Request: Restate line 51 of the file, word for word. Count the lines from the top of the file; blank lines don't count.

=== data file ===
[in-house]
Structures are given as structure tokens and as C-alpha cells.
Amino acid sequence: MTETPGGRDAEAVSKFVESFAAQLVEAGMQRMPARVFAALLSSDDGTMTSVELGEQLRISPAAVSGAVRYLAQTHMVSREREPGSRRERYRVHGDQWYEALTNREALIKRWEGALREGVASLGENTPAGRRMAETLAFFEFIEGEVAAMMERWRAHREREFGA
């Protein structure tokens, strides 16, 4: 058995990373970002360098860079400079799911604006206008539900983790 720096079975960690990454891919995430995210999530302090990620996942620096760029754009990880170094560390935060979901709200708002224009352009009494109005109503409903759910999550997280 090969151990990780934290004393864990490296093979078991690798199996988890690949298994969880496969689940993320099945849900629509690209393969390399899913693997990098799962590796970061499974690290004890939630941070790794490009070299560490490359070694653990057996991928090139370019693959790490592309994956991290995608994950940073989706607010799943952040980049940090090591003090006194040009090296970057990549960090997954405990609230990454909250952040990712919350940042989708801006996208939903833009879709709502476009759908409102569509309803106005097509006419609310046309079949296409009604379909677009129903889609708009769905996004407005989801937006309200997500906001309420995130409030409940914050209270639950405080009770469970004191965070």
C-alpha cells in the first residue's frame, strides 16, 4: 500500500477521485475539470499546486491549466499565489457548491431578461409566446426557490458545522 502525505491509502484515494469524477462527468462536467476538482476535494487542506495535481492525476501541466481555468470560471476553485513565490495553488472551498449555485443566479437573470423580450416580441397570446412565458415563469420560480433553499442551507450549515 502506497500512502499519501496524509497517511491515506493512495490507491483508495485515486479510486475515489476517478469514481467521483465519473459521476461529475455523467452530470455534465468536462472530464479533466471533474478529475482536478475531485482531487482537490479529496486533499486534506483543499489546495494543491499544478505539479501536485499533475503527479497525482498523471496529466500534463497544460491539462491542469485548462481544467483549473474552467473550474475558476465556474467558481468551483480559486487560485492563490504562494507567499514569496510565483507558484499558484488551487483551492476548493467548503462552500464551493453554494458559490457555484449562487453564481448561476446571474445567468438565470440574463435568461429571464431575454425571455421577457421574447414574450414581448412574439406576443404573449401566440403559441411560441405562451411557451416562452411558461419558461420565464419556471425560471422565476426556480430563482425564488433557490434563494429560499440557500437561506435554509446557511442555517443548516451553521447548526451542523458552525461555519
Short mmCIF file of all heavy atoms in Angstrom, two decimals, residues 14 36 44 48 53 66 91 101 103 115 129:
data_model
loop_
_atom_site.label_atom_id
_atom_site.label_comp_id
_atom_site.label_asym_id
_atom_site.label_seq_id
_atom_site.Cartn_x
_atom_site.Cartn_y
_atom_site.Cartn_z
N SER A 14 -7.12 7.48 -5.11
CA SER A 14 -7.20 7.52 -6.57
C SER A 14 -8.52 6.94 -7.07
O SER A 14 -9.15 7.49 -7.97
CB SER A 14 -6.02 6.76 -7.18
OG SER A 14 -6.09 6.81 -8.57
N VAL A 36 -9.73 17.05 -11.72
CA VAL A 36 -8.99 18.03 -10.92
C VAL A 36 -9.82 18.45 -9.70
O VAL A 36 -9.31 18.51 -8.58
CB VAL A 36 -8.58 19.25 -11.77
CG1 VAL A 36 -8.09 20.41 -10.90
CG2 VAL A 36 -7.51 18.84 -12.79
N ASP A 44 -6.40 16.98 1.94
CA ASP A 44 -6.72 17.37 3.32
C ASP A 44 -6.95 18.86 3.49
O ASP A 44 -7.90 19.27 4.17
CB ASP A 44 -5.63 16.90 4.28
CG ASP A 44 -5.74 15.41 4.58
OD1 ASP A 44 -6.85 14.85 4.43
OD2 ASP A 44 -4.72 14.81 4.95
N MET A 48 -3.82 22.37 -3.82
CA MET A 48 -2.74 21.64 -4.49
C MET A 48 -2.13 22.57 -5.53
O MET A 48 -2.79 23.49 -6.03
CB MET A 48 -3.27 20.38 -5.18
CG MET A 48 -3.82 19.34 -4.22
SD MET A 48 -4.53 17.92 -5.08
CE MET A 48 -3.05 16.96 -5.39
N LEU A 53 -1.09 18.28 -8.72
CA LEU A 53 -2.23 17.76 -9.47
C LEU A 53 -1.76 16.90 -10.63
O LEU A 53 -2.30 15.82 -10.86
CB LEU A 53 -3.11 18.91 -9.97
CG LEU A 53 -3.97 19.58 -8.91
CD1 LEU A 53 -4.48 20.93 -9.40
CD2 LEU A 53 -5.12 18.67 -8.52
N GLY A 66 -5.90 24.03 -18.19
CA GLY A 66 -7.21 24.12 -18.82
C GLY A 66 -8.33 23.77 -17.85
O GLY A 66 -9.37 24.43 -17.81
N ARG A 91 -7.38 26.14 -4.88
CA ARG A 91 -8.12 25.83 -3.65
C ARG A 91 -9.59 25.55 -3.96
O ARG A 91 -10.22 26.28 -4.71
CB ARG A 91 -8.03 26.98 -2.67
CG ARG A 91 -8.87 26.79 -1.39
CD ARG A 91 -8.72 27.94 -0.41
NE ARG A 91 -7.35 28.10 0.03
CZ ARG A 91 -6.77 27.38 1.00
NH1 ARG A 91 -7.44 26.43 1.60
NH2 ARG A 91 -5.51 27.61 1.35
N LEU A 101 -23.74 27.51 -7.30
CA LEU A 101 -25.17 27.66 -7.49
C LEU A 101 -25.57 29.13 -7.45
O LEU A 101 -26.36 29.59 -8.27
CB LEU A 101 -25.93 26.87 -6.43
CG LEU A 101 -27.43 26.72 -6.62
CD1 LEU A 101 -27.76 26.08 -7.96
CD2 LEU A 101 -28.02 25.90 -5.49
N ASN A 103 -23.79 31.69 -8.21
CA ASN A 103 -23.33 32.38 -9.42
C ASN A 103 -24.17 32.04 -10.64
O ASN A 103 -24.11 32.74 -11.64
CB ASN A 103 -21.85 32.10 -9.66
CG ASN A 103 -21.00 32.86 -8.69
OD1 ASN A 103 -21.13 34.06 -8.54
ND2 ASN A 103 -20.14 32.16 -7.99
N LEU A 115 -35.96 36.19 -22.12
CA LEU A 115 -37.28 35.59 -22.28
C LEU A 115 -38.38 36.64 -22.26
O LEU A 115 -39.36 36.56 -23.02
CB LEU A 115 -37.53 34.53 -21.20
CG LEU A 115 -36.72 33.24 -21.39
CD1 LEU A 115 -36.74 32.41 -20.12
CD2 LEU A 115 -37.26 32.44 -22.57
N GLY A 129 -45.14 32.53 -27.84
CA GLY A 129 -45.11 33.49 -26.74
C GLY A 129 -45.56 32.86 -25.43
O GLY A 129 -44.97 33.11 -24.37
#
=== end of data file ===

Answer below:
CD1 LEU A 53 -4.48 20.93 -9.40